So imagine this but minus the shop vac and plethora of renovation paraphernalia sitting in the center of the room, and that’s basically how we’ve been living for the last 8 months. If you recall from the house tour, this is not actually a functioning laundry room. We had the movers put our nice washer and dryer in here because I couldn’t bear to stick them in our cobweb-infested pit of a garage, where the jury-rigged operational ones currently reside. Since there’s no water running here, the homeowners used this room off of the garage for an office.
See that desk back on the far wall? This is where they presumably sat doing paperwork while their cats shat in the litter boxes, which they also kept in this room.
Call me crazy, but I just can’t see myself working in there. And even though we’re not quite ready to fully convert it into a functional laundry room yet (our plumber’s estimate came in at $1,100, which I believe we’ll get back when we sell the house but we’re not currently in a place to make that financial leap), I couldn’t resist doing some re-arranging this weekend to get the space ready for the conversion.
Once I cleared all of our junk off of the desk, all I had to do was lift the top to remove it. That big slab of hollow wood had been resting on two shelf brackets and two wooden filing cabinets, but it wasn’t screwed in. I realized it would make a perfect counter for the washer and dryer, once we rip a good 8-inches off of the back so it doesn’t overhang.
I’m really bummed I don’t have my “before” shots of those shelves above the washer and dryer because until a few days ago, they were stuffed with laundry items, cleaning supplies, and basically everything we didn’t have room for in our smaller kitchen plus everything else we couldn’t find a home for in this new house. And while they’re not exactly looking “styled” these days, they’re organized, functional, and curiously absent of all items that belong in the kitchen.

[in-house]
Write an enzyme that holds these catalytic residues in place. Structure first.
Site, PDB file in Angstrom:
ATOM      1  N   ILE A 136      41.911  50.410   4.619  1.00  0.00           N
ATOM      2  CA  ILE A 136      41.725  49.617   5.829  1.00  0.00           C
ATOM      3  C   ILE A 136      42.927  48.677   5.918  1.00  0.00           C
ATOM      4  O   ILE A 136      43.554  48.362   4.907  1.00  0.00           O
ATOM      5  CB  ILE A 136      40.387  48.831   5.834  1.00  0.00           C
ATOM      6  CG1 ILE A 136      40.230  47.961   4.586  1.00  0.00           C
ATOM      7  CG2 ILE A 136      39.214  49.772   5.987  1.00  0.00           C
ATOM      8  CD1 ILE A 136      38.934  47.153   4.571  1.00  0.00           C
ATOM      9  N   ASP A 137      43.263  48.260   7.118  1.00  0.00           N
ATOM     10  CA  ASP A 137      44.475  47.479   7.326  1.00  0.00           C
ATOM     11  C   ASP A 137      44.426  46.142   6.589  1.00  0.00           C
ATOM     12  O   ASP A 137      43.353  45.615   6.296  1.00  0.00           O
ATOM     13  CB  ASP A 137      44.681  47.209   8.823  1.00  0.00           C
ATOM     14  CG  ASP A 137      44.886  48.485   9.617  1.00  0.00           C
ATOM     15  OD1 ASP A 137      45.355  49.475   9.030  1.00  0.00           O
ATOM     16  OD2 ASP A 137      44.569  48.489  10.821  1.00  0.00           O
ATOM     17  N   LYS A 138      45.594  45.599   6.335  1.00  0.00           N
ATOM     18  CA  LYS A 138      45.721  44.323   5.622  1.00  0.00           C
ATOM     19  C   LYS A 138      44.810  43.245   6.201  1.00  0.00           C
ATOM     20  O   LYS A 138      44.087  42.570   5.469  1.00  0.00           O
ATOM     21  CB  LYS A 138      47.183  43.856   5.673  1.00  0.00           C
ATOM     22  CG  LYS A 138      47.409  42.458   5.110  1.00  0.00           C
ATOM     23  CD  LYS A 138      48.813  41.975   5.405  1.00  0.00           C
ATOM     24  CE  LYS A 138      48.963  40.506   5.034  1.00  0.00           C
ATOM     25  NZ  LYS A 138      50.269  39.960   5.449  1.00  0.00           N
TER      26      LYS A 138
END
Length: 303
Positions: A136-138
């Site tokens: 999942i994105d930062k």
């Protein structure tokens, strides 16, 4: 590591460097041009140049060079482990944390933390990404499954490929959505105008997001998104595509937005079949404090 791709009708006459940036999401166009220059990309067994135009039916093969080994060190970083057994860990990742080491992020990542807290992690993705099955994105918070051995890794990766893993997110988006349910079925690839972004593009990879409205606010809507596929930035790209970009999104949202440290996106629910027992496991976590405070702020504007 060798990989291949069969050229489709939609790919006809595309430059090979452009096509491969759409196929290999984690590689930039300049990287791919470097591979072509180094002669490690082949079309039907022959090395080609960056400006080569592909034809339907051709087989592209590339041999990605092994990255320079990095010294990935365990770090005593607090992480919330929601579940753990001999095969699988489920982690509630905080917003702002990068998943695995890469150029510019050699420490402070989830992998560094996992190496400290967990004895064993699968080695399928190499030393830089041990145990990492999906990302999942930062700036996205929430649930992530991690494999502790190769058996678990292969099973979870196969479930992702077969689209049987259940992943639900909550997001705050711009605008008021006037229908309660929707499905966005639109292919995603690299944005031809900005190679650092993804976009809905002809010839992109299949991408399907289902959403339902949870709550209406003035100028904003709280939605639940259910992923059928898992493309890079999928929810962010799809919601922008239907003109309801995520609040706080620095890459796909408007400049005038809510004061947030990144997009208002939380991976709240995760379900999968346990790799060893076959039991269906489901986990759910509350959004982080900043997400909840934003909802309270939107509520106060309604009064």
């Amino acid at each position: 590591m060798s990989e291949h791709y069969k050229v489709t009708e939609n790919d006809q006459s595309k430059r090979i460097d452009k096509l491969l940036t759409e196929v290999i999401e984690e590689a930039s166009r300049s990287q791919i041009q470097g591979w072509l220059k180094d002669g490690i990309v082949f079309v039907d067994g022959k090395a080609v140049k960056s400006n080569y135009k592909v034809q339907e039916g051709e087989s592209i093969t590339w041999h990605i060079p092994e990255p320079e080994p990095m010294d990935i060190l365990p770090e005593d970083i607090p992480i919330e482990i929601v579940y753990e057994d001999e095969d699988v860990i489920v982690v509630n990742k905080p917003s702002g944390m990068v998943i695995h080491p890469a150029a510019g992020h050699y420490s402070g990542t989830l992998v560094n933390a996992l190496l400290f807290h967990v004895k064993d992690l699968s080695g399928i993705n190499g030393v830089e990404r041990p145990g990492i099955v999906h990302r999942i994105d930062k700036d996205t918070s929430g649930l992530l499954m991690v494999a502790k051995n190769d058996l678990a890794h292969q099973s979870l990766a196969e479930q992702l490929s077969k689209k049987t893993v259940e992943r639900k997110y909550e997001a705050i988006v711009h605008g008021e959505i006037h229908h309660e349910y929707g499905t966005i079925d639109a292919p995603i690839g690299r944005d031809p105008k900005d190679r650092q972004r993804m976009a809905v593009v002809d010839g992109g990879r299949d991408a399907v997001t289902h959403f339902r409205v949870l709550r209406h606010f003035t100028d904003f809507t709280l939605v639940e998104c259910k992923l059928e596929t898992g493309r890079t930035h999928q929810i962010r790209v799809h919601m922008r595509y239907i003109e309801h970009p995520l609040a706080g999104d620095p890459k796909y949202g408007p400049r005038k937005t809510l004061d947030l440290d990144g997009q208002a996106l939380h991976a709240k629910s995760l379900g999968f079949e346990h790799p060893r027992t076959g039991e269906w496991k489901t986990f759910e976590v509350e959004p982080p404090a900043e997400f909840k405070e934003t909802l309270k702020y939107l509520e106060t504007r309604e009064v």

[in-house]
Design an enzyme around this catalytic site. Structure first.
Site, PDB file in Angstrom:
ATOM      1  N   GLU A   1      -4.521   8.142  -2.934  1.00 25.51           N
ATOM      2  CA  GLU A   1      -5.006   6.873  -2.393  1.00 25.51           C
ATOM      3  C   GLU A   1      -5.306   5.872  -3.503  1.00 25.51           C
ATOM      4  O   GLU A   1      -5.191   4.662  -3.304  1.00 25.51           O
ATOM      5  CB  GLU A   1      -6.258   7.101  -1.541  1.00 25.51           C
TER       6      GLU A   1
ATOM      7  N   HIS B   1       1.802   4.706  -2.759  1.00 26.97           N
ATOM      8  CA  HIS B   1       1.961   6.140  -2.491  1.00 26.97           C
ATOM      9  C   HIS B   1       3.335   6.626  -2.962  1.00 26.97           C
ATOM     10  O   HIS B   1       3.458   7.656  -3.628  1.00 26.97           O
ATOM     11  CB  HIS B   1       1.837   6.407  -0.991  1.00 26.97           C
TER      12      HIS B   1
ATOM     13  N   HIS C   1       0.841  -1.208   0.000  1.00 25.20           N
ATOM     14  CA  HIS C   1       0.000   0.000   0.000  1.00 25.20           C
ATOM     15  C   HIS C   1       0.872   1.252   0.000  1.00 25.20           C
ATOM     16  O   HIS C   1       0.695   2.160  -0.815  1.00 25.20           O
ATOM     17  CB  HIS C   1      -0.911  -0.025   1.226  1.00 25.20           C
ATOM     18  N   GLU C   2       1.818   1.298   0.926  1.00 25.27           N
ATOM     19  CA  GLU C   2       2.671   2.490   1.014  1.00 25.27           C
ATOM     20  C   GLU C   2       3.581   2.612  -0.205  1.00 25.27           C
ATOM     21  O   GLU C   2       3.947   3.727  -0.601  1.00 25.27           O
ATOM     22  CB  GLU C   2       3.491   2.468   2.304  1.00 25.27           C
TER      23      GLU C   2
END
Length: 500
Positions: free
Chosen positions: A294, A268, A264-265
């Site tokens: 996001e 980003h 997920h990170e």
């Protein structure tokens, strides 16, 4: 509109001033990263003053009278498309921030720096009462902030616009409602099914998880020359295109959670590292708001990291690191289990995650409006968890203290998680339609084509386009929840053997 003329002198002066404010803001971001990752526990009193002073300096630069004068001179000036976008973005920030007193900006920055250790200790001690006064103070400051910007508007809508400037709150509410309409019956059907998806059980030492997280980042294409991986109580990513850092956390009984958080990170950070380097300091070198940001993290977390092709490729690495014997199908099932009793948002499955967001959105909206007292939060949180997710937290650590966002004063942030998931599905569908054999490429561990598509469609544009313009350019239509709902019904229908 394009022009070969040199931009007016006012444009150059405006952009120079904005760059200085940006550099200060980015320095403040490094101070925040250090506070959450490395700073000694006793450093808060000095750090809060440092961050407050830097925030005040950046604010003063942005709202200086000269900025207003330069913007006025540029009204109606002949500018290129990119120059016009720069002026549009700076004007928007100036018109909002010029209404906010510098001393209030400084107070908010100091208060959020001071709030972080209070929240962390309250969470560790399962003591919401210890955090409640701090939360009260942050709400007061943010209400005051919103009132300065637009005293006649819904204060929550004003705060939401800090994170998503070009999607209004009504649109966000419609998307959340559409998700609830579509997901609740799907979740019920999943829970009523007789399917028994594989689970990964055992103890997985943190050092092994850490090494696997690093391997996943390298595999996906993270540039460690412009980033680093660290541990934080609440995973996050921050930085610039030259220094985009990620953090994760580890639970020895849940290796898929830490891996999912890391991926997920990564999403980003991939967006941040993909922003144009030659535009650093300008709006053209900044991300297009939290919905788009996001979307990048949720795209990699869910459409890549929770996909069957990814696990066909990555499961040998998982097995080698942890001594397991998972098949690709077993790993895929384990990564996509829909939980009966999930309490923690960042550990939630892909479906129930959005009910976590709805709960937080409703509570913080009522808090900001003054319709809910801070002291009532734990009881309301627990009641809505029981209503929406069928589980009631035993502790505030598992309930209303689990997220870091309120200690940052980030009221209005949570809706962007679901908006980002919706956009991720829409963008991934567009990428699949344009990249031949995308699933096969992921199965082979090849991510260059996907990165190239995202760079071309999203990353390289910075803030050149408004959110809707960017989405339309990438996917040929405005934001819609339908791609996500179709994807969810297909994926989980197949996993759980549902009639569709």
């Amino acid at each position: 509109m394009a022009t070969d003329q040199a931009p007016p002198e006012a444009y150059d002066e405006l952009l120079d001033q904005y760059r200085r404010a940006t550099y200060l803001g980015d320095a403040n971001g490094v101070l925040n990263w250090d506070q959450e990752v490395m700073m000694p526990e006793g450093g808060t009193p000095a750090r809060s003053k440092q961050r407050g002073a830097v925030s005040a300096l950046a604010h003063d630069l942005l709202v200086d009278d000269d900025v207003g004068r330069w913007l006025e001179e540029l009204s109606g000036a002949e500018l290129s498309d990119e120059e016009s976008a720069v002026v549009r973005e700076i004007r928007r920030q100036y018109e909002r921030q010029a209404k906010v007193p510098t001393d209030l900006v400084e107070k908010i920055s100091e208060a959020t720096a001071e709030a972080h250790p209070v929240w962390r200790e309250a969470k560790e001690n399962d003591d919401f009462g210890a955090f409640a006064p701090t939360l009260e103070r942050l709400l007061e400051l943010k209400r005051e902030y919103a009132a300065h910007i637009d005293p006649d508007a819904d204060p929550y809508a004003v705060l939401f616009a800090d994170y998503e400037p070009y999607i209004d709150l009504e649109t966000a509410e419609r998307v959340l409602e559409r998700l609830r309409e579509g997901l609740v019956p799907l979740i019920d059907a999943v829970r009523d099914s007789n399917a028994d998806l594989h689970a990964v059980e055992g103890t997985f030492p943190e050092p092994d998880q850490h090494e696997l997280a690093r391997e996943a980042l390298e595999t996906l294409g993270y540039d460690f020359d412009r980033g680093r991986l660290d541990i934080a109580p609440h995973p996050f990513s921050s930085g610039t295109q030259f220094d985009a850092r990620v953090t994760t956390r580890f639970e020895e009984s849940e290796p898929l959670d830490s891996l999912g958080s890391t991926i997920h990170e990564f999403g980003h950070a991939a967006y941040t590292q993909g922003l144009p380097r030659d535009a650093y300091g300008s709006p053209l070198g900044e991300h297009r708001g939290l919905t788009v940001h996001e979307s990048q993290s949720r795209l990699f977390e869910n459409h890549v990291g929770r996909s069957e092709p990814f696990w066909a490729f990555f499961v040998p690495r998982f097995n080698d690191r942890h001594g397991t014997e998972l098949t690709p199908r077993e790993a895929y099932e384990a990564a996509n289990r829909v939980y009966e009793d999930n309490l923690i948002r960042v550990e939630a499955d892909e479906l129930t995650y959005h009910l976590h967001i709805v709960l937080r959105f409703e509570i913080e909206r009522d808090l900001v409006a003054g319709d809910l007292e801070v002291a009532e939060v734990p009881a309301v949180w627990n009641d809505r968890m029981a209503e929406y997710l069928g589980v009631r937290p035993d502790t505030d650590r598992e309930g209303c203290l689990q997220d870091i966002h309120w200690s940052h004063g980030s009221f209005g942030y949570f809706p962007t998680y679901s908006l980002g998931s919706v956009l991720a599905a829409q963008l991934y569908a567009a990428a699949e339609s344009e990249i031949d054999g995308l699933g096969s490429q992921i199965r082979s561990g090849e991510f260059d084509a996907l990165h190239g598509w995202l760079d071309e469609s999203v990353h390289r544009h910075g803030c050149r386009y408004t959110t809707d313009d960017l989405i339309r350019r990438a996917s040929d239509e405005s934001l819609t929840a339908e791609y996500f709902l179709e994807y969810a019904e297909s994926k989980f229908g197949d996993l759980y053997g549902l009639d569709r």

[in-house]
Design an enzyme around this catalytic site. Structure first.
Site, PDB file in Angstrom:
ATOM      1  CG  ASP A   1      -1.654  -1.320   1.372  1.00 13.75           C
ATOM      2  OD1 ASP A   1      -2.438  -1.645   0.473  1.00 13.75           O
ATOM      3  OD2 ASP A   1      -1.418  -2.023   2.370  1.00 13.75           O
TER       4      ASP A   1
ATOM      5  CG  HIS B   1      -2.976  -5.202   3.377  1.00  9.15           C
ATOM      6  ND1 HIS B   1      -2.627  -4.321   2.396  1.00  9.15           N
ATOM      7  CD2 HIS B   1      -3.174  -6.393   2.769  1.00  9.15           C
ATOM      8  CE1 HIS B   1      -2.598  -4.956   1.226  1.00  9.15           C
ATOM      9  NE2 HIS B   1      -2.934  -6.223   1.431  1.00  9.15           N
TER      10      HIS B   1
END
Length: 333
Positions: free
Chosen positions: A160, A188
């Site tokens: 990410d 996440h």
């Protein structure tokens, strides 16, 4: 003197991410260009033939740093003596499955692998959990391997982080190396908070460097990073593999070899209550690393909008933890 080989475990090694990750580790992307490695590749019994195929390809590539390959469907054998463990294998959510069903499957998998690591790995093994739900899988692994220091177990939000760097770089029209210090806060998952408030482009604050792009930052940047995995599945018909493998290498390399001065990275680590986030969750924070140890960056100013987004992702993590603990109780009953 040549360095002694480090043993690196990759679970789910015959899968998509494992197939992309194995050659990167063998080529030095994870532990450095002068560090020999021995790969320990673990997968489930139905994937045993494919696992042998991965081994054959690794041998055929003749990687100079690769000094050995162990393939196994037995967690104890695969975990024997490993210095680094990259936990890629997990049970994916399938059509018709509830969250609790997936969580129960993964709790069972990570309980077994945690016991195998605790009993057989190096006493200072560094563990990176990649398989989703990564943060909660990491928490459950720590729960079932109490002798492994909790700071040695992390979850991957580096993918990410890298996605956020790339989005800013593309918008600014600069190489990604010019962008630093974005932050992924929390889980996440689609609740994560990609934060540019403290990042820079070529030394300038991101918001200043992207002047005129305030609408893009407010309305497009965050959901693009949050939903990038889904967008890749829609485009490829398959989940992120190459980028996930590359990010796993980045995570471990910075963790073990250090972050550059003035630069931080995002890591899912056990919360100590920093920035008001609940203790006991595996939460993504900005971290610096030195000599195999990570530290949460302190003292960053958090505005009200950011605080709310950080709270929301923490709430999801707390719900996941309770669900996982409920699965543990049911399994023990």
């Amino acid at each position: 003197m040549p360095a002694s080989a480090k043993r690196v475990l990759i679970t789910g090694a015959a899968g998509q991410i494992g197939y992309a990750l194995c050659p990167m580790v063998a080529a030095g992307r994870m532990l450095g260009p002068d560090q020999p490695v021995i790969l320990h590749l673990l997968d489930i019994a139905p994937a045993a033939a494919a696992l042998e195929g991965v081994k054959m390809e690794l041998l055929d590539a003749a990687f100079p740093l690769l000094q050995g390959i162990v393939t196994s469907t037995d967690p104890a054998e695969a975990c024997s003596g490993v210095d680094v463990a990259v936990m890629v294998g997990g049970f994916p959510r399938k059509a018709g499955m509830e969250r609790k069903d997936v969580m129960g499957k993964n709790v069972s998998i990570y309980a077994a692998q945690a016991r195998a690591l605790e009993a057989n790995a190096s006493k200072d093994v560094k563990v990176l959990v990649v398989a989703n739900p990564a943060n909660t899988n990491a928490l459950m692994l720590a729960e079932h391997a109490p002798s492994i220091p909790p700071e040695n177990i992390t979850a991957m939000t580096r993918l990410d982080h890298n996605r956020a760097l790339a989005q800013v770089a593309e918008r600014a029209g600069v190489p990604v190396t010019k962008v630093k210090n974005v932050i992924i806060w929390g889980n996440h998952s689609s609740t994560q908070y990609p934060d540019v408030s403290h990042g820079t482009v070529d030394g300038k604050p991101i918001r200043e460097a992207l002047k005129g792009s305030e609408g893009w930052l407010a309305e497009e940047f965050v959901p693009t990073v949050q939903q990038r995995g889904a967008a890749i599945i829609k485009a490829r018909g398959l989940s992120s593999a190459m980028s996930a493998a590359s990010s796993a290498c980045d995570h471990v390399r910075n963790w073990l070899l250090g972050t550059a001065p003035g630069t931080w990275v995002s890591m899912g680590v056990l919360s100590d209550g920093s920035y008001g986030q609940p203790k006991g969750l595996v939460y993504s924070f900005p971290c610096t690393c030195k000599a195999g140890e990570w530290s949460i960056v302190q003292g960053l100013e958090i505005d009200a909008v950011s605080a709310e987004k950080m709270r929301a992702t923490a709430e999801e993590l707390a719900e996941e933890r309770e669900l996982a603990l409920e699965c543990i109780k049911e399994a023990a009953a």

I moved the two file cabinets to the corner where for now, they make a great place to store mutt supplies. I might even line one of the drawers and use it to store dog food so I can get rid of that ugly rubber Blitz container, which used to fit under a peninsula cabinet in our old kitchen.
I hung some hooks next to the door that leads to the back yard for leashes, collars, and car harnesses, which is super convenient whenever we walk the dogs, and I also hung my ugly ironing board holder contraption because, hey. Things don’t always have to be pretty. Sometimes just getting them off of the floor is enough.
I still need to finish organizing the built-ins next to the steps. Underneath is all of the paint we’ve used so far in this place, and above are two drawers — one with “grab ‘n go” junk like pens, rulers, batteries, etc., and the other with a few quick-grab home tools like the tape measure, packing tape, screwdrivers, etc. I’m also storing our cookbooks on those shelves until I get my shelves for the kitchen.
The new arrangement really opens up the space, and now I’m crazy excited to do some laundry in there. Sometimes I just push the buttons on my washer and dryer and pretend that they work.
Laundry Room To-Dos:
- Install washer/dryer hookups
- Install overhead lighting
- Paint the brick
- Paint the wood paneling
- Paint the floors
- Trim and edge countertop
So there is definitely some painting in my future.
And that’s not all.
Remember our master bathroom?
Justin spent the weekend sanding off the remaining wallpaper backing I couldn’t remove with the steamer, then patching, sanding, and priming the drywall to get it ready for paint. So there’s that.
And one more thing —
I also asked Justin to bring two of the extra wall cabinets from our kitchen into the sunroom, because I had a brilliant idea:
Oh hi, Dry Bar.
Anyone else feeling it?
I don’t think anything in my life makes more sense than this.
I just wish I’d thought of it before I’d painted all of the cabinets.
So that’s where we are with the “low-hanging fruit” projects we’ve decided to tackle while we wait for the money to replenish. Unfortunately, “inexpensive” usually translates to “paint.” Which is bad because I hate it. But at least it gives me an excuse to day drink.
As though the impending abandonment of my spirit guides wasn’t enough.